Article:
Q & A with author Sarah Grimm
Thanks for being here today, Sarah. Would you please share a short bio about yourself?
As a young girl, Sarah Grimm always had a story to tell. At times they were funny, other times scary, but they were always happily-ever-after.
Sarah spent years scribbling in notebooks, filling the pages with partial chapters and the margins with titles and story ideas. She told friends that the characters spoke to her, and she was compelled to get their stories on paper. Eventually, she sat down at a computer and wrote her first tale of dangerously sexy suspense. That book, Not Without Risk, is a 2011 Readers Favorite Award Winner.
Sarah lives in West Michigan with her husband, two sons and three miniature schnauzers. Between mom's taxi service, parts runs, and answering the phone for the family marine repair business, Sarah can be found curled in her favorite chair, crafting her next novel.
Q Do you consider yourself a shy and/or introverted person?
A I have to laugh at this question because my older sister was just telling me the other day how envious she’s always been of my outgoing personality. We moved a lot while I was growing up, and she claims within 24 hours of arriving in a new town, I always had a new best friend. LOL I don’t really recall that, but I do know I’ve never allowed fear or being the “new kid” to stand in my way. Take, for example, my first RWA National Conference.
The year I joined Romance Writer’s of America their national conference was held in Chicago, IL. Since Chicago is only a three-hour drive from my home, I knew I had to go, even though the idea of going solo frightened me. I knew no one. I was a young mother who managed to eke out enough time to complete a manuscript. But meeting other writers? That hadn’t happened. Instead of letting the idea stop me, I got my sister and mother to share a hotel room with me. While they shopped Michigan Avenue, I cruised around the conference, attending workshop after workshop, making certain to talk to as many people as I could.
Q What’s the hardest part of this business for you?
A Promotion. It’s exhausting! I thought the hardest part would be writing the book, getting the story out of my head and onto paper (or the computer screen as the case may be). But after the book is completed and contracted with a publisher, that’s when the real work begins. When I decided to do a blog tour for my current release, I didn’t think too much about it, I just scheduled my appearances. Then I counted up how many blog posts I had to write. YIKES! I panicked a bit at first, and then I pulled on my big girl panties and got down to business. Promotion isn’t easy for me, but it’s a necessary evil.
Q Tell me about a time that you had to step outside your comfort zone either in your writing career or in your personal life?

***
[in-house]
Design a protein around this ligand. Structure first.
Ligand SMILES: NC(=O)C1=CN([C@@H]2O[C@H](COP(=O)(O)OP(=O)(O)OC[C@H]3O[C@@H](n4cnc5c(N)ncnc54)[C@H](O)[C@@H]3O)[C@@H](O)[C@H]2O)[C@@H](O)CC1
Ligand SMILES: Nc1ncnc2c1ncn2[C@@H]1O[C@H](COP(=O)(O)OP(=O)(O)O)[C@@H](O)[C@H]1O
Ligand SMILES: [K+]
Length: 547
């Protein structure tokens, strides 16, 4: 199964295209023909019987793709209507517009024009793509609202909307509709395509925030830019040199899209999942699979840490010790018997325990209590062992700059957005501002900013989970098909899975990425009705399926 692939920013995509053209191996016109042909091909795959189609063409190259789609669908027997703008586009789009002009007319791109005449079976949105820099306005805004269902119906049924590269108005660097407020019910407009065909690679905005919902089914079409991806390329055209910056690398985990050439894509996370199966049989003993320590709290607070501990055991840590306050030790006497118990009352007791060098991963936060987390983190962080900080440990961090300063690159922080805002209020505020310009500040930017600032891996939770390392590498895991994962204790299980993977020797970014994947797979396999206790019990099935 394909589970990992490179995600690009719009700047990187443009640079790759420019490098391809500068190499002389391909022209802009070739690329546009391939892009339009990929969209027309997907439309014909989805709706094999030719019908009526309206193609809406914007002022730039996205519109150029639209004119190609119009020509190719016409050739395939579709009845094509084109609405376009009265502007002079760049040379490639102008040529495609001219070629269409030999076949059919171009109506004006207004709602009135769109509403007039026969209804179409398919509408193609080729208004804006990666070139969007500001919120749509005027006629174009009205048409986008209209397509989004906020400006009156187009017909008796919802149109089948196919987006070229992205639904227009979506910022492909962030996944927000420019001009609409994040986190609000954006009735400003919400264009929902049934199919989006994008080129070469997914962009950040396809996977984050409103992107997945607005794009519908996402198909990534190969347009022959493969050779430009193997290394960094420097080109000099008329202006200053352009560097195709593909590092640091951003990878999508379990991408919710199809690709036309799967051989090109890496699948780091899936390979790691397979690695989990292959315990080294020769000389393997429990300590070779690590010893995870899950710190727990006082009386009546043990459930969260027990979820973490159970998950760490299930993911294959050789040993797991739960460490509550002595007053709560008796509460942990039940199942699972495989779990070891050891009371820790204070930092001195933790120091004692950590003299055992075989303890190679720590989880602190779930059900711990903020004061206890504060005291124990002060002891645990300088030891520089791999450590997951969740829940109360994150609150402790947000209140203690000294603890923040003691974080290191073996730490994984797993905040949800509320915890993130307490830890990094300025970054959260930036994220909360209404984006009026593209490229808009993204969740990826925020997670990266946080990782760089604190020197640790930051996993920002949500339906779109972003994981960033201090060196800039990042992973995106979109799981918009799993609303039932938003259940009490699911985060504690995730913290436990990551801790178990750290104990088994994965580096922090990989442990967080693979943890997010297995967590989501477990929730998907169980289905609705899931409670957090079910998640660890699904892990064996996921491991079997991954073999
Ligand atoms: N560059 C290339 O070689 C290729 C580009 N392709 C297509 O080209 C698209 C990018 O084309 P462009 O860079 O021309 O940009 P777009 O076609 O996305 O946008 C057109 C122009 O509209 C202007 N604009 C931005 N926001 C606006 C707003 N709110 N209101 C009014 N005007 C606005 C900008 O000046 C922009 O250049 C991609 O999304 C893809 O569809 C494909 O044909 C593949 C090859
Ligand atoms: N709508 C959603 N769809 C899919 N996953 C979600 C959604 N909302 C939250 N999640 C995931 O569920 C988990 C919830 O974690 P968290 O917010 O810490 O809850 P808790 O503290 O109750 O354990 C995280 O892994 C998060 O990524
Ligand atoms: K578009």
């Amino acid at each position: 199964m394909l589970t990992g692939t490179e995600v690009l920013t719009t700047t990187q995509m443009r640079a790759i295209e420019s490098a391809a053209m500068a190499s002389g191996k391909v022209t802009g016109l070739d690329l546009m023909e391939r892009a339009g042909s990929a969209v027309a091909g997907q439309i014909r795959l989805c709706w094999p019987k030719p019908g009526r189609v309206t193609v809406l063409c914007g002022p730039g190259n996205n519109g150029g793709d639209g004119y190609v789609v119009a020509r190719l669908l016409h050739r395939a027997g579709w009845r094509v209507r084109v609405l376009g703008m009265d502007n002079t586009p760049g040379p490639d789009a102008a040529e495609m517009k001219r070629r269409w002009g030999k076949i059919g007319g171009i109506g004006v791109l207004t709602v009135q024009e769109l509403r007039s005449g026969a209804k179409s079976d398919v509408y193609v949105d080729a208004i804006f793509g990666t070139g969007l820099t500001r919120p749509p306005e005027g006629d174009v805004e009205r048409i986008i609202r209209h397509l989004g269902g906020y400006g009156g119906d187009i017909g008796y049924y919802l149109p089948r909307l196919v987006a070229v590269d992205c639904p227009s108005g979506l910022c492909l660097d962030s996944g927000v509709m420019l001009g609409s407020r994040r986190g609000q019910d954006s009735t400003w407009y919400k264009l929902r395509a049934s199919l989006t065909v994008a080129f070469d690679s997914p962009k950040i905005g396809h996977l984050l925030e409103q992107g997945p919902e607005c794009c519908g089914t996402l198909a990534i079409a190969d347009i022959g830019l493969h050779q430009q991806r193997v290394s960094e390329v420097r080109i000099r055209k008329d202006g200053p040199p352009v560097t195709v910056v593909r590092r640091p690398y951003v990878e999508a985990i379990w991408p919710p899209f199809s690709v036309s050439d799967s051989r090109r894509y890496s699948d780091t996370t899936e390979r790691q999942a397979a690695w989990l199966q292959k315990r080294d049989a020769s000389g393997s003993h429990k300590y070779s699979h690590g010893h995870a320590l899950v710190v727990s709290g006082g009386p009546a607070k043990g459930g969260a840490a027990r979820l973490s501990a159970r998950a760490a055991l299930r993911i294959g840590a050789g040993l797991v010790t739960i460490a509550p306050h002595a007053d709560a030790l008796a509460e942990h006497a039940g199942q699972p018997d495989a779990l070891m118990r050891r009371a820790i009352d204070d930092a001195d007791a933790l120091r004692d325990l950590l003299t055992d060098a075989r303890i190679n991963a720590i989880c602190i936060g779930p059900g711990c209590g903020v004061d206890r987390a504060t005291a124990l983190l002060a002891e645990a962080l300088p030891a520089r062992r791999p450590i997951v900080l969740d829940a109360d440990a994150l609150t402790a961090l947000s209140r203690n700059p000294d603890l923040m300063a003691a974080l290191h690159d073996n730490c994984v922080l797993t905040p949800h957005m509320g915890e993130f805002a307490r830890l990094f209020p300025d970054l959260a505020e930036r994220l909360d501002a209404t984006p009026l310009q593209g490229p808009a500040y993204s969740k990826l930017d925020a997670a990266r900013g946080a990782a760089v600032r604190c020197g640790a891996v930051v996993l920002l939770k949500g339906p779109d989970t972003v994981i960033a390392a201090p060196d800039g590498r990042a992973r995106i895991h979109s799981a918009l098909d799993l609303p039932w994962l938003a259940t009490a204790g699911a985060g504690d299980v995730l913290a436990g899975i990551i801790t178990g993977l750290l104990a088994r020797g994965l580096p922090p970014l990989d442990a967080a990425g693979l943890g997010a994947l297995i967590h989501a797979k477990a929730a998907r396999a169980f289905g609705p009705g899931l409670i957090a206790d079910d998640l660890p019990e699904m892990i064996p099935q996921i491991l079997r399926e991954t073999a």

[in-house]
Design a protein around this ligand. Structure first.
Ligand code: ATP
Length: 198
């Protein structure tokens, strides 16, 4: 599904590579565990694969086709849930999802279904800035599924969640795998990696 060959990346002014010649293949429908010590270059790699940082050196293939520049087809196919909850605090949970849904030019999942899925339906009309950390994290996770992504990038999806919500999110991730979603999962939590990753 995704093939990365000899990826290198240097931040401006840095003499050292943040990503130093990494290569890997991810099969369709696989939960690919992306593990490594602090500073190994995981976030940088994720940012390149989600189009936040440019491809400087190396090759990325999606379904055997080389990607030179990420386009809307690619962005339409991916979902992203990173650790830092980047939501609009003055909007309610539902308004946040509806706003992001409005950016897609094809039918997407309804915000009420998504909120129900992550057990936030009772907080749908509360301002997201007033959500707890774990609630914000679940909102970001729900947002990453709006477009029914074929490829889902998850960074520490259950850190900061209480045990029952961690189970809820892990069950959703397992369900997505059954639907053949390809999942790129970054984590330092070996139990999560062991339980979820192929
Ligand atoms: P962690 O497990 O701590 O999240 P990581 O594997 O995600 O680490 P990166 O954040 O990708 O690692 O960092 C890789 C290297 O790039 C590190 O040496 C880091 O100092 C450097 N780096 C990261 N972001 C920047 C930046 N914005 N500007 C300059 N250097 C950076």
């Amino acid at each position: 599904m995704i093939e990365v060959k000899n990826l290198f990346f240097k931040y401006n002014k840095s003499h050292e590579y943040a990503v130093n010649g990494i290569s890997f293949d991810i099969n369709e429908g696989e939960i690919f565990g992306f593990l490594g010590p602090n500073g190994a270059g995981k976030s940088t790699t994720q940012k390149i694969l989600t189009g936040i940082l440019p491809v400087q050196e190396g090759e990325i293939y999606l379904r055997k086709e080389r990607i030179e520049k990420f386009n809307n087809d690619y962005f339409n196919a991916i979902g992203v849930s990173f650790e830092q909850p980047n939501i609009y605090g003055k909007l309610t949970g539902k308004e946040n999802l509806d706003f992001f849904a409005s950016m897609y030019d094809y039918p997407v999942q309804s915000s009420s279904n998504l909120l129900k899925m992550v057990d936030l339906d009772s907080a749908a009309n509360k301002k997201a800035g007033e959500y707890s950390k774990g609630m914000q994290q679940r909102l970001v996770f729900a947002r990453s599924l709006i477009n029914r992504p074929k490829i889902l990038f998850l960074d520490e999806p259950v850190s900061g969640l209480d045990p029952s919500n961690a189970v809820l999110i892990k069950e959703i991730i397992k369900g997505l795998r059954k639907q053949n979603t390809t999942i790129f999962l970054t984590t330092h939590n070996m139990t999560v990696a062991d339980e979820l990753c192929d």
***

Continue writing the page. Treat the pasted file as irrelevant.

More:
A At the same RWA conference I mentioned earlier, I attended an editor’s panel. This is where editors from a specific house get together and explain what they’re looking for in manuscript submissions, followed by a question and answer session. At the time, I wanted to be published by this house more than my next breath, so I sat in on the panel, absorbing everything that was said. One editor in particular held my attention. She was looking for romantic suspense, specifically featuring heroes in law enforcement, which was exactly the story I wrote. I desperately wanted to talk to her, but was terrified. I sat in my chair, silently watching as writers approached her at the end of the workshop. I waited and I watched, finally gathered my courage and approached her. And you know what? I survived. She didn’t laugh too much when I stuttered my introduction, and in the end, she invited me to submit. I didn’t sell that book, at least not to that particular publisher, but I was happy I conquered my fear. Especially because when I left the workshop, I passed a woman in the hallway who was in tears because she allowed her own fear to stop her from approaching the editor she was interested in. I’ve always wondered what happened to that woman. If she ever conquered her fear and reached her dream of being published, or if she allowed fear to cripple her?
Q What’s one tip you could share with shy and introverted people that’s helped you?
A Never give up.
Q Would you please share a blurb of your book and let my readers know where they can buy it?
A Here's the blurb:
She wants to forget her past.
He wants to reclaim his.
Sometimes the moment that changes everything comes After Midnight.
Thirteen years—that's how long Isabeau Montgomery has been living a lie. After an automobile accident took her mother's life, Izzy hid herself away, surviving the only way she knew how. Now she is happy in her carefully reconstructed life. That is until he walks through the door of her bar...
Black Phoenix singer/front man Noah Clark came to Long Island City with a goal--one that doesn't include an instant, electric attraction to the dark-haired beauty behind the bar. Coaxing her into his bed won't be easy, but he can't get her pale, haunted eyes nor her skill on the piano out of his head.
Can Noah help Isabeau overcome the past? Or will her need to protect her secret force her back into hiding and destroy their chance at happiness?
AFTER MIDNIGHT is available from The Wild Rose Press:
Q Where can my readers find you on the web?
A Website: http://www.sarahgrimm.com
Personal Blog: http://www.authorsarahgrimm.blogspot.com/
Group Blog: http://www.smutwriterssoapbox.blogspot.com/